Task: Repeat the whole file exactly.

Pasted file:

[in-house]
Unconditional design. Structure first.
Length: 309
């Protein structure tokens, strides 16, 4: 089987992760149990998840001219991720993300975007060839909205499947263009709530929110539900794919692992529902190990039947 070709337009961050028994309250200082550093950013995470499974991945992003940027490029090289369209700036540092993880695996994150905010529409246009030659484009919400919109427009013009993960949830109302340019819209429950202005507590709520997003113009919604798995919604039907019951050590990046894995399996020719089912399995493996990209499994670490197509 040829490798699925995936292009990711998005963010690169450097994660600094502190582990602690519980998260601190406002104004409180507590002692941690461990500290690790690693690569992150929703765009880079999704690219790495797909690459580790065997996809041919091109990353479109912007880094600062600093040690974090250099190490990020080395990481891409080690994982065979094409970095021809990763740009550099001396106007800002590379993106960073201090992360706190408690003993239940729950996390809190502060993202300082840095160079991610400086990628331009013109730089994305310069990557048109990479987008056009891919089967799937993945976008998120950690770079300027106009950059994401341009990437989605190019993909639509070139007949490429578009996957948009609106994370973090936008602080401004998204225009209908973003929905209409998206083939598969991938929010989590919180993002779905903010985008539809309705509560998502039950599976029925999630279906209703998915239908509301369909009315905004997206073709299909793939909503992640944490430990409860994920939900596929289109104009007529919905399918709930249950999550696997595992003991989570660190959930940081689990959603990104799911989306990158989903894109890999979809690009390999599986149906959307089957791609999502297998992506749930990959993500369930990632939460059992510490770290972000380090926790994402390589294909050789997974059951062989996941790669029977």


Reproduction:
[in-house]
Unconditional design. Structure first.
Length: 309
């Protein structure tokens, strides 16, 4: 089987992760149990998840001219991720993300975007060839909205499947263009709530929110539900794919692992529902190990039947 070709337009961050028994309250200082550093950013995470499974991945992003940027490029090289369209700036540092993880695996994150905010529409246009030659484009919400919109427009013009993960949830109302340019819209429950202005507590709520997003113009919604798995919604039907019951050590990046894995399996020719089912399995493996990209499994670490197509 040829490798699925995936292009990711998005963010690169450097994660600094502190582990602690519980998260601190406002104004409180507590002692941690461990500290690790690693690569992150929703765009880079999704690219790495797909690459580790065997996809041919091109990353479109912007880094600062600093040690974090250099190490990020080395990481891409080690994982065979094409970095021809990763740009550099001396106007800002590379993106960073201090992360706190408690003993239940729950996390809190502060993202300082840095160079991610400086990628331009013109730089994305310069990557048109990479987008056009891919089967799937993945976008998120950690770079300027106009950059994401341009990437989605190019993909639509070139007949490429578009996957948009609106994370973090936008602080401004998204225009209908973003929905209409998206083939598969991938929010989590919180993002779905903010985008539809309705509560998502039950599976029925999630279906209703998915239908509301369909009315905004997206073709299909793939909503992640944490430990409860994920939900596929289109104009007529919905399918709930249950999550696997595992003991989570660190959930940081689990959603990104799911989306990158989903894109890999979809690009390999599986149906959307089957791609999502297998992506749930990959993500369930990632939460059992510490770290972000380090926790994402390589294909050789997974059951062989996941790669029977």